“Titanium was a material no one had ever made a watch with because it’s difficult to machine,” Porsche Design Director Roland Heiler reminisced re: the IWC Porsche Design Titanium Chronograph. “It’s a material that gives you a lot of headaches, but it has very good properties – it’s anti-allergic, it does not corrode, and it’s half the weight of steel with pretty much the same strength if not more.” Uh, no . . .
You gotta hand it to Stowa. The German watchmaker famous forfliegers – the most conservative of watch genres – is kicking out the jams with the Stowa Onehand 44. It’s about as faithful to their 1927 pilot’s watch design as the camp remake of The Stepford Wives was to the deeply unsettling original. Look a little closer, though, and it’s clear there’s method to Stowa’s minimalist madness . . .
Sometimes it’s hard to be a Rolex. Especially an Oyster Perpetual 39. Oh sure, demand exceeds supply. But the delivery delay’s nothing compared to the waiting list for the OP 39’s blingier brethren. Holy Grail models like the stainless steel Daytona might as well be made of unobtanium. FTS. The white-faced Rolex OP 39 is the only Rolex worth owning, bar none.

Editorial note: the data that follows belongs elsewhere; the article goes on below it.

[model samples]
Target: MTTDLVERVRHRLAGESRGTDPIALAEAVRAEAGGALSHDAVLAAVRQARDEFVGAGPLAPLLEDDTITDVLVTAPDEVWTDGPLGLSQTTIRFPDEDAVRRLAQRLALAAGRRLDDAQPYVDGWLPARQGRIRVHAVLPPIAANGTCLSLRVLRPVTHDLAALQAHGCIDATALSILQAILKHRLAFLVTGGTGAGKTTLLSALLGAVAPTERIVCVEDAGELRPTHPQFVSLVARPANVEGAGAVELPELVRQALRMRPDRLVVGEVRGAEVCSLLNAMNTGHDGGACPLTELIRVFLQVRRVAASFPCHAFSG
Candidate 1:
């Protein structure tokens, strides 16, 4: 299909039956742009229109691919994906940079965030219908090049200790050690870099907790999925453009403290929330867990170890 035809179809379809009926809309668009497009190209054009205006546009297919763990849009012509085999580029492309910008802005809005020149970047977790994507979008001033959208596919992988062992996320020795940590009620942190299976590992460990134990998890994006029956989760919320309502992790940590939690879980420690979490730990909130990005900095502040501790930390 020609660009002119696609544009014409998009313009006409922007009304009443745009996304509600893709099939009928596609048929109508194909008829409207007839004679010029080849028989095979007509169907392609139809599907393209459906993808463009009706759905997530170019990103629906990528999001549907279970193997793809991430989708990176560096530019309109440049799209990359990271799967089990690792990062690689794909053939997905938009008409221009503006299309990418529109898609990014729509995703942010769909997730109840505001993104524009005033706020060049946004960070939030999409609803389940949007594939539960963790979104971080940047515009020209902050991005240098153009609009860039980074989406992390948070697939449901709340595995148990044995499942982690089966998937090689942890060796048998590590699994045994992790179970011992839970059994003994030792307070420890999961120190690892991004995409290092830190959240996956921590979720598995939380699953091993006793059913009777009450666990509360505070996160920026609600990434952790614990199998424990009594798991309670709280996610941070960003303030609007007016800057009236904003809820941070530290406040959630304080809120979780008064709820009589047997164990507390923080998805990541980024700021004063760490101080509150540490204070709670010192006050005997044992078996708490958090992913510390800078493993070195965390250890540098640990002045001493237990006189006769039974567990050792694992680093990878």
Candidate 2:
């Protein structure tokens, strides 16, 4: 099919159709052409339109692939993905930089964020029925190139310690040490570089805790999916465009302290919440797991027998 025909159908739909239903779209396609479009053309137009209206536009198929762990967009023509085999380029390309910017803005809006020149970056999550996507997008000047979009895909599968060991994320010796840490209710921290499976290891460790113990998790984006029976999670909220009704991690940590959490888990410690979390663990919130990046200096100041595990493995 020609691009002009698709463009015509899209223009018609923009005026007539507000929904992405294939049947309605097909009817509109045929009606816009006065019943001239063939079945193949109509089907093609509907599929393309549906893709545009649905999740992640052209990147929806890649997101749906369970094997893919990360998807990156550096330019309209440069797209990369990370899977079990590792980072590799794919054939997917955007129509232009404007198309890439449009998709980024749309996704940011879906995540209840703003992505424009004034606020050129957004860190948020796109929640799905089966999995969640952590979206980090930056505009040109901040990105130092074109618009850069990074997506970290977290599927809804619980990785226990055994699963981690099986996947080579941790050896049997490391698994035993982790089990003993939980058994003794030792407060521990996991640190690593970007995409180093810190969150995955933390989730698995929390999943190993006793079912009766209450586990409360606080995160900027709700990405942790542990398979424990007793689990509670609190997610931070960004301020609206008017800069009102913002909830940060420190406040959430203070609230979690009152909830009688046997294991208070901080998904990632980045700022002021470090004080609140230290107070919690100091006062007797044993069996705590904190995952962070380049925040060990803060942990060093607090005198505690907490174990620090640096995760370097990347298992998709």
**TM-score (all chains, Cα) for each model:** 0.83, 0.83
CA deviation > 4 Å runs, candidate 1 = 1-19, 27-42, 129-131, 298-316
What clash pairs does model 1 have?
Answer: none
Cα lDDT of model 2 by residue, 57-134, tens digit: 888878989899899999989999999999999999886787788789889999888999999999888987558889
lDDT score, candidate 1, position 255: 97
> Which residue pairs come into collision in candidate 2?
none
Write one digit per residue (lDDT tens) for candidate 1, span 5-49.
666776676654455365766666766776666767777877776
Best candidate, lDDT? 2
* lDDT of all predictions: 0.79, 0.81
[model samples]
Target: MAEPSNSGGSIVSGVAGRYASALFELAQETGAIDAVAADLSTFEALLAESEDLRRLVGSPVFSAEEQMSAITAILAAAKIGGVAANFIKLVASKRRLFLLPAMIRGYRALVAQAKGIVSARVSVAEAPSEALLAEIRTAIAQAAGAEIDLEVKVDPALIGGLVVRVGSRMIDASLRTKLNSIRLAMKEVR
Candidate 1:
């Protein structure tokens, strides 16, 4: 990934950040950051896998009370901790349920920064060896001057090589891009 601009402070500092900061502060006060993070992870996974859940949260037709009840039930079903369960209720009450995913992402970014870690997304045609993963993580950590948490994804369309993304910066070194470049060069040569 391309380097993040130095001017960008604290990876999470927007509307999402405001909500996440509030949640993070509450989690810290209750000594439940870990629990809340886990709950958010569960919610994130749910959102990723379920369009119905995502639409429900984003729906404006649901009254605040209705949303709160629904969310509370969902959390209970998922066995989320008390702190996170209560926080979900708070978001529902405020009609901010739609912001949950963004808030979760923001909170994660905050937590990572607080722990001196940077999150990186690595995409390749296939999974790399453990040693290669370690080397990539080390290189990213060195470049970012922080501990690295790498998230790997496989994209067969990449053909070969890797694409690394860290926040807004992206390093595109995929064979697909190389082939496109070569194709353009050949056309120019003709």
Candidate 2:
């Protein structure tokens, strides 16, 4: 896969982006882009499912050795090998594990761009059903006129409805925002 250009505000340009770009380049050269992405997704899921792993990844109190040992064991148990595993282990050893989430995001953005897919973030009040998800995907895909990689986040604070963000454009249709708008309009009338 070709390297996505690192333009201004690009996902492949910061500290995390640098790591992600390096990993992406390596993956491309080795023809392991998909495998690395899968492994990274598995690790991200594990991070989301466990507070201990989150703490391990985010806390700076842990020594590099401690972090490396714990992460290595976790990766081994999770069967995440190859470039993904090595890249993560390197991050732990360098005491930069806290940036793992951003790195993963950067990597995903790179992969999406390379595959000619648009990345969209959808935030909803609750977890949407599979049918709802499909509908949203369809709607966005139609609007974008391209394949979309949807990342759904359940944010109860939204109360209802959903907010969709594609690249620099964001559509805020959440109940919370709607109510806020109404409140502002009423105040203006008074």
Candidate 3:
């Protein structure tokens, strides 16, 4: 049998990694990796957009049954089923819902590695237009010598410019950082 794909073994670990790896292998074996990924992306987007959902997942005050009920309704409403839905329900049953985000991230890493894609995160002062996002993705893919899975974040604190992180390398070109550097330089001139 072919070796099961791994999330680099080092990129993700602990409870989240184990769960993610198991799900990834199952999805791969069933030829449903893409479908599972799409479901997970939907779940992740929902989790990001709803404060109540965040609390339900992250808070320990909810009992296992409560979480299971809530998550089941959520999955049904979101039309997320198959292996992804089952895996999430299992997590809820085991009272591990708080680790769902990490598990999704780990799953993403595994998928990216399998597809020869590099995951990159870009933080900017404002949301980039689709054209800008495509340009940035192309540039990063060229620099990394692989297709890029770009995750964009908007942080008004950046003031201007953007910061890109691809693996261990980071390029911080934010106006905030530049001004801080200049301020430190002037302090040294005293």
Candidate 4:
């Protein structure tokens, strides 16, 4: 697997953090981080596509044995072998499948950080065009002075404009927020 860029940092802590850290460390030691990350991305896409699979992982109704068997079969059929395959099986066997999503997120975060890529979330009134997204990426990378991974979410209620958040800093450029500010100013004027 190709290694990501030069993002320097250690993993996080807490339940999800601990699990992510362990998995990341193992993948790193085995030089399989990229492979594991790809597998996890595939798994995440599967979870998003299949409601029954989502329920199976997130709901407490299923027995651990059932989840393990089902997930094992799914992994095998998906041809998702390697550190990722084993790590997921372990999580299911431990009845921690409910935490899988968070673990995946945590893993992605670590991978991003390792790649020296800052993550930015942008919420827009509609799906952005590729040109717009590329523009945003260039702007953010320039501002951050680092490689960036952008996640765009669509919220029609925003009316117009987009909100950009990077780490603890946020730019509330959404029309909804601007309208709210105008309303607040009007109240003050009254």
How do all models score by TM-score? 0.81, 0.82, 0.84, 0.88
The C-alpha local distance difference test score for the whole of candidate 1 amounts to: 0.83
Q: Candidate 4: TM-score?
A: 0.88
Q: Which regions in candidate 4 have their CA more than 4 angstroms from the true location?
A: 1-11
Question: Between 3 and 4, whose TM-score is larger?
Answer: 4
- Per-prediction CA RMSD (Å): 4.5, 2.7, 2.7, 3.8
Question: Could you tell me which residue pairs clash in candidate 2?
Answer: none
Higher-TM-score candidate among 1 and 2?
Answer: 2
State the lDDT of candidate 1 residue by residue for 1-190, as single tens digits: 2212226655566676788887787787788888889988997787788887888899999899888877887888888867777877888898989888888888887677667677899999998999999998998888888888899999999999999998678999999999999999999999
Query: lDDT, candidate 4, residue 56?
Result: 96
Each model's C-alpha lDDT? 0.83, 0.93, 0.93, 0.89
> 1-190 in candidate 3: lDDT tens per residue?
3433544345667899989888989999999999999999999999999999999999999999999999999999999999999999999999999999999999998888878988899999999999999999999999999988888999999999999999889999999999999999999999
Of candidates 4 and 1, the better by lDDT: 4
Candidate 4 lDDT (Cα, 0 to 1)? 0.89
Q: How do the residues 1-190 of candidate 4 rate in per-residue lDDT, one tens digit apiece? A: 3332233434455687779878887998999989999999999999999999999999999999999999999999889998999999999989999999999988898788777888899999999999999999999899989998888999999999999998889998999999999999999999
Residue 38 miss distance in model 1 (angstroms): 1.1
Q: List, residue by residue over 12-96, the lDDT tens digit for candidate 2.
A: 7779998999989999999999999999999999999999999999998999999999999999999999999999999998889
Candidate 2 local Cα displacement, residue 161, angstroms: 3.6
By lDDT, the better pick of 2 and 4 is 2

“There are things that rise above themselves to assume iconic stature,” Betty Cornfeld and Owen Edwards write. “These things are simple, ageless, yet mythic things that possess quintessence.” In their book by that name, the authors posit that the Steinway piano, Oreo cookie and Stetson hat qualify as quintessential. Add the Dufrane Barton Springs 656 Diverto that list . . .
There are a lot of ways to tell time. For accuracy, nothing beats an iPhone. If you don’t care about accuracy, there are plenty of stylish one, two and three-handed watches without indices that’ll give you the temporal gist. But if you want to keep jazz time, there’s only one choice: the Oris Art Blakey Limited Edition watch. Here’s the legendary drummer in action . . .